By Innocent Chofamba-Sithole
THE most likely probability from the prevailing configuration of political forces in Zimbabwe today
is that Zanu PF looks set to remain in power after the departure of President Robert Mugabe.
This looming scenario owes itself as much to the Machiavellian scheming behind the ruling party’s self-preservation strategy as to the unravelling of the main opposition, the Movement for Democratic Change (MDC).
For anyone who cares to understand the trajectory of power in Zimbabwe today, it is important to begin with an appreciation of two obvious but fundamental and mutually reinforcing realities underpinning the political contest over the state.
The first one concerns the decisive constitutional authority that is now vested in the parliamentary Zanu PF party in the wake of the 2005 general election.
The second is that the MDC, as we had come to know it over the last six years, has ceased to exist. Its place has now been taken by two rival factions commanding significantly less support than their erstwhile progenitor.
To put it plainly, Zanu PF’s constitutionally contrived two-thirds majority means that it does not require the consent of the opposition in parliament to keep Mugabe’s successor in State House for years on end before he/she is subjected to a national election.
Already, Zanu PF is reportedly mulling such a strategy under the guise of holding joint parliamentary and presidential elections in 2010.
The opposition could respond to such manoeuvres either by co-operating with the ruling party with a view to influencing the transitional process and securing a role for itself in an envisaged transitional government, or mobilise political resistance against them altogether.
However, the first scenario appears more realistic than the second.
As political analyst Eldred Masunungure has eloquently argued, for any mass resistance programme to succeed, the opposition needs to grapple with the “basic asymmetry in the risk orientations of the ruling elite and the ruled masses”.
According to this argument, the opposition is faced with the challenge of transforming Zimbabwe’s subjective political culture into one that is capable of actively supporting civil disobedience against a risk-taking Zanu PF regime. It follows, therefore, that success in this endeavour necessarily hinges on the opposition leadership’s own capacity to eschew risk-aversion in order to inspire a culture of popular activism. And yet it must be mentioned that our recent history is replete with missed opportunities; the opposition leadership has tended to remain inert even in circumstances where “the ruled masses” were reasonably predisposed to support one form of civil disobedience or another.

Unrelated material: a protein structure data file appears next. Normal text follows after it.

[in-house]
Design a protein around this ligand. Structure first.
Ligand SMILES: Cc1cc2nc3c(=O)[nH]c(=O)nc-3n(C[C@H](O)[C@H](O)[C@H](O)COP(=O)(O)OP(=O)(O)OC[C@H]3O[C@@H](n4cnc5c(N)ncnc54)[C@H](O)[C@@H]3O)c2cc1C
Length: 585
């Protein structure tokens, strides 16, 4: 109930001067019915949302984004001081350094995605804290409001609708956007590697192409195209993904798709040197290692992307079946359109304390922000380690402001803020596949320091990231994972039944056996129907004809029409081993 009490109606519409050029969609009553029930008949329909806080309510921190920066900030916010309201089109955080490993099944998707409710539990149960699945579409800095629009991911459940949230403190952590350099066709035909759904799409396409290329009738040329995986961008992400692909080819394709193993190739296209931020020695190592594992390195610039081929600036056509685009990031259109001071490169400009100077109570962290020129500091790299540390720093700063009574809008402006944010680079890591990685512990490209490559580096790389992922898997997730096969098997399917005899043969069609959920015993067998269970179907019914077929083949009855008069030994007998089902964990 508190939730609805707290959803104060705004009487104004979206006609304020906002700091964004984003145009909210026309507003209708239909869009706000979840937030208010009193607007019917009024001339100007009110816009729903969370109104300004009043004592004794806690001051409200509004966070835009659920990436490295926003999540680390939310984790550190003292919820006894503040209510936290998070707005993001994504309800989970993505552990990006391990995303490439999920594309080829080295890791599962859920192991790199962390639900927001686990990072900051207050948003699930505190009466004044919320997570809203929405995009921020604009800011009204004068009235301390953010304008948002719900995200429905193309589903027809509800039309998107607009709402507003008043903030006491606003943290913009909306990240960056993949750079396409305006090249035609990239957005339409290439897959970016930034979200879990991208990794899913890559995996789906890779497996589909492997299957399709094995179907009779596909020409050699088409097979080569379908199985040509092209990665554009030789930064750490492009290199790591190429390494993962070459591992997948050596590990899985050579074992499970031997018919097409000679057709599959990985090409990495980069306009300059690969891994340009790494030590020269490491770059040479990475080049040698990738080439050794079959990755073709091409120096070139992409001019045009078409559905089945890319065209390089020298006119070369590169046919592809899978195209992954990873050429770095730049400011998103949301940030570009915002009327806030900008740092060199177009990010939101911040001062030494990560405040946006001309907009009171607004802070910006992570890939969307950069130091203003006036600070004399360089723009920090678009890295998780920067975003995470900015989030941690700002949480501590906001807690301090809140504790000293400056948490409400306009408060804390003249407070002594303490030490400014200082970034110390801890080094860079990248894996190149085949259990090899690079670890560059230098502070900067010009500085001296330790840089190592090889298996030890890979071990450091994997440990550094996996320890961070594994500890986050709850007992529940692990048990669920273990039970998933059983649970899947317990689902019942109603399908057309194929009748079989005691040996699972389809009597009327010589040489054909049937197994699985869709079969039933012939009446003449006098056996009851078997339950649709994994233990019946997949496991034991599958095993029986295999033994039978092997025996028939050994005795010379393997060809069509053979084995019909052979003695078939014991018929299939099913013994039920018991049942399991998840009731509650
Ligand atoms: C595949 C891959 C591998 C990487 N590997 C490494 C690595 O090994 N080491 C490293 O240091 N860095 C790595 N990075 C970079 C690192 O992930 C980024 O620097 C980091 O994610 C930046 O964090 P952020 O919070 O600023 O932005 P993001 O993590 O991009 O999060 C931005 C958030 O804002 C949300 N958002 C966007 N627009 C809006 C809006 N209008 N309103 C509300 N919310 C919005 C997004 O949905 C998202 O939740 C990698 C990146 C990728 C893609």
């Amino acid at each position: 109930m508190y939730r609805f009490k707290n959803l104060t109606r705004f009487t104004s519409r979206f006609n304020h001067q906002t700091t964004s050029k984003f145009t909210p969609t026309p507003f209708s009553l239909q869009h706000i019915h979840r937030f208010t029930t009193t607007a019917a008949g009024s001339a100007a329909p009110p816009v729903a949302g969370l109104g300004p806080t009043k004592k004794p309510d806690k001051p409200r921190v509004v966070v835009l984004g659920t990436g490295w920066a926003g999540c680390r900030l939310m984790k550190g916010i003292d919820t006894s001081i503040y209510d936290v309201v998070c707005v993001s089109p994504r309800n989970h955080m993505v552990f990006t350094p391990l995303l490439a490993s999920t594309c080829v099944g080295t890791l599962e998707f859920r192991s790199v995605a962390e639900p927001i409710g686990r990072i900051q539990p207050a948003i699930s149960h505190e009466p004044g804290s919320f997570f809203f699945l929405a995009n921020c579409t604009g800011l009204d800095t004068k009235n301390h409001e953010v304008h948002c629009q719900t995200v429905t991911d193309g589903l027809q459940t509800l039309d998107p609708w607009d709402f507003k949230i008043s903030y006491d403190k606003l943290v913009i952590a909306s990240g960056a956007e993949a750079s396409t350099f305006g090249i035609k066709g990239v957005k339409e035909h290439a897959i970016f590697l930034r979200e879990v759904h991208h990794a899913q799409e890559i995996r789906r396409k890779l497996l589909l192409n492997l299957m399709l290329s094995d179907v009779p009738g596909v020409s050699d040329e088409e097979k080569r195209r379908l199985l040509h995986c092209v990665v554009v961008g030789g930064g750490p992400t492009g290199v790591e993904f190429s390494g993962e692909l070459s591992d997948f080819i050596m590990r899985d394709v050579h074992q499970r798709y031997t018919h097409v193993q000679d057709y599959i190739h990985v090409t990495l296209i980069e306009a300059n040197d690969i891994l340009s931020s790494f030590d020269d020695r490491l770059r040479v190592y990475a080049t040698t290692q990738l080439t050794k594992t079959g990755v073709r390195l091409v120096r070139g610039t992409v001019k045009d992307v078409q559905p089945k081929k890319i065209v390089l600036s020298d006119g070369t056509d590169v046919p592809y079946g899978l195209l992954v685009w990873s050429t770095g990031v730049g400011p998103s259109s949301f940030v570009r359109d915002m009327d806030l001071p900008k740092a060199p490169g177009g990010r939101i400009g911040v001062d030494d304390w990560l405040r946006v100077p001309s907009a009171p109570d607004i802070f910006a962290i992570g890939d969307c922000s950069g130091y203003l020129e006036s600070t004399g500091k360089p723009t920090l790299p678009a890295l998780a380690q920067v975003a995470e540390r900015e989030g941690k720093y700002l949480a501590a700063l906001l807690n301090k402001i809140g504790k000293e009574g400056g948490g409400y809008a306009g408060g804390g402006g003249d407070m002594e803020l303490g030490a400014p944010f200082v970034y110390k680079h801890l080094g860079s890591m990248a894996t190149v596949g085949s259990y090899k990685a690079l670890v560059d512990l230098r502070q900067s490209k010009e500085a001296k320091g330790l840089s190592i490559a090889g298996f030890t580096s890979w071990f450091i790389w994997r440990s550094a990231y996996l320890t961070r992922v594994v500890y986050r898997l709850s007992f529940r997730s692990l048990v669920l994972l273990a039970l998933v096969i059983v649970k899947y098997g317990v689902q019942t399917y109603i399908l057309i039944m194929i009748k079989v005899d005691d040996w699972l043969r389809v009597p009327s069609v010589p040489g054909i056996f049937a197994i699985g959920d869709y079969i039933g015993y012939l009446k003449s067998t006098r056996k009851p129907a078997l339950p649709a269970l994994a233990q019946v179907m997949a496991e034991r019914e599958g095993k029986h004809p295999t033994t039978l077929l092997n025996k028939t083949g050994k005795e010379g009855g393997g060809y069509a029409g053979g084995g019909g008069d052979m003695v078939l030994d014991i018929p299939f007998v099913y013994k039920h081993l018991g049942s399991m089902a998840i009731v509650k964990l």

For example, the erstwhile MDC leadership chose to pursue dialogue in the aftermath of Mugabe’s disputed victory in the 2002 presidential election, only for them to rediscover their resolve to confront the regime head-on more than a year later. But the decisive moment had already been lost, hence the failure of the grandly ambitious but conceptually awkward “Final Push” of June 2003.
Since then, the Zanu PF regime has summarily dissolved the MDC’s elected municipal governments across the country and embarked on the infamous Operation Murambatsvina without eliciting as much as a whimper of protest from the opposition. Critics have seized upon this apparent political lethargy to charge that the MDC was never a truly organic, socially-based political movement. Whether this charge is fair — and not altogether inaccurate — it is not the focus of this discussion. However, it is necessary to point out that the unravelling of the “spaghetti mix” at the apex of the MDC has left the opposition movement grossly disarticulated and strategically hamstrung.